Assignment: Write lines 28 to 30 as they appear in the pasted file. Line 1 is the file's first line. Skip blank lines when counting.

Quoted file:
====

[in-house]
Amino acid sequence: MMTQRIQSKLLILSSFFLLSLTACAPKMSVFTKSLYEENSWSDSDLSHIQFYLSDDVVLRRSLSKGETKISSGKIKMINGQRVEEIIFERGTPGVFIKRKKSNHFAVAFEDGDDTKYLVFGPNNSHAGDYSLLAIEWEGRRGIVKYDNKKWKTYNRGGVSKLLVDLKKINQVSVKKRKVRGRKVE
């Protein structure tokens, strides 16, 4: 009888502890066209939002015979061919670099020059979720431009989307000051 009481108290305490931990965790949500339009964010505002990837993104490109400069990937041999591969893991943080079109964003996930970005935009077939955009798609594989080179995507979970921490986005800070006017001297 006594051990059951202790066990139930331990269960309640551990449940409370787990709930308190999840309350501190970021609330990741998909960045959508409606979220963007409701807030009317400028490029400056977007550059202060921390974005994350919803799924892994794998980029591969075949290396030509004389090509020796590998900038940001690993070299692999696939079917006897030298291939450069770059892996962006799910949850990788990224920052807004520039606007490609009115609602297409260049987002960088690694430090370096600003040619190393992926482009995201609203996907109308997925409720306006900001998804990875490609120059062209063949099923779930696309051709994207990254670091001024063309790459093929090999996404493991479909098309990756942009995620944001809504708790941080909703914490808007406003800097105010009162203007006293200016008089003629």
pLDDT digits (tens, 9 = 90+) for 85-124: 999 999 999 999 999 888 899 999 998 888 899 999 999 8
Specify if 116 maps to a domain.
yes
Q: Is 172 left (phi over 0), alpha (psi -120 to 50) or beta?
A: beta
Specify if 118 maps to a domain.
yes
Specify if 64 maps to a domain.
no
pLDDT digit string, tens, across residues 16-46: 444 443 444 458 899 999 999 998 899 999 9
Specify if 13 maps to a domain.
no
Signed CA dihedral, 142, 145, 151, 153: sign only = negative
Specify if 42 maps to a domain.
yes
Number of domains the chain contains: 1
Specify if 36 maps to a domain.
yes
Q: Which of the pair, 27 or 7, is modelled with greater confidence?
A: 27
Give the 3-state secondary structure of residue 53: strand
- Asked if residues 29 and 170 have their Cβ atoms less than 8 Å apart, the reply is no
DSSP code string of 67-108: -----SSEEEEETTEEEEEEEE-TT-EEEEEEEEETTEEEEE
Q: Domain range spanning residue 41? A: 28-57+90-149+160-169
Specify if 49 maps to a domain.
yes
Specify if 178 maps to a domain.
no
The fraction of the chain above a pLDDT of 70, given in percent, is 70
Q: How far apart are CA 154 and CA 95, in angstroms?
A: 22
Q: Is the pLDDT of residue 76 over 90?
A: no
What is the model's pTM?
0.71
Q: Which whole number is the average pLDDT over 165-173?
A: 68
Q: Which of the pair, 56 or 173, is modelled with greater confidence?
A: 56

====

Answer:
Specify if 49 maps to a domain.
yes
Specify if 178 maps to a domain.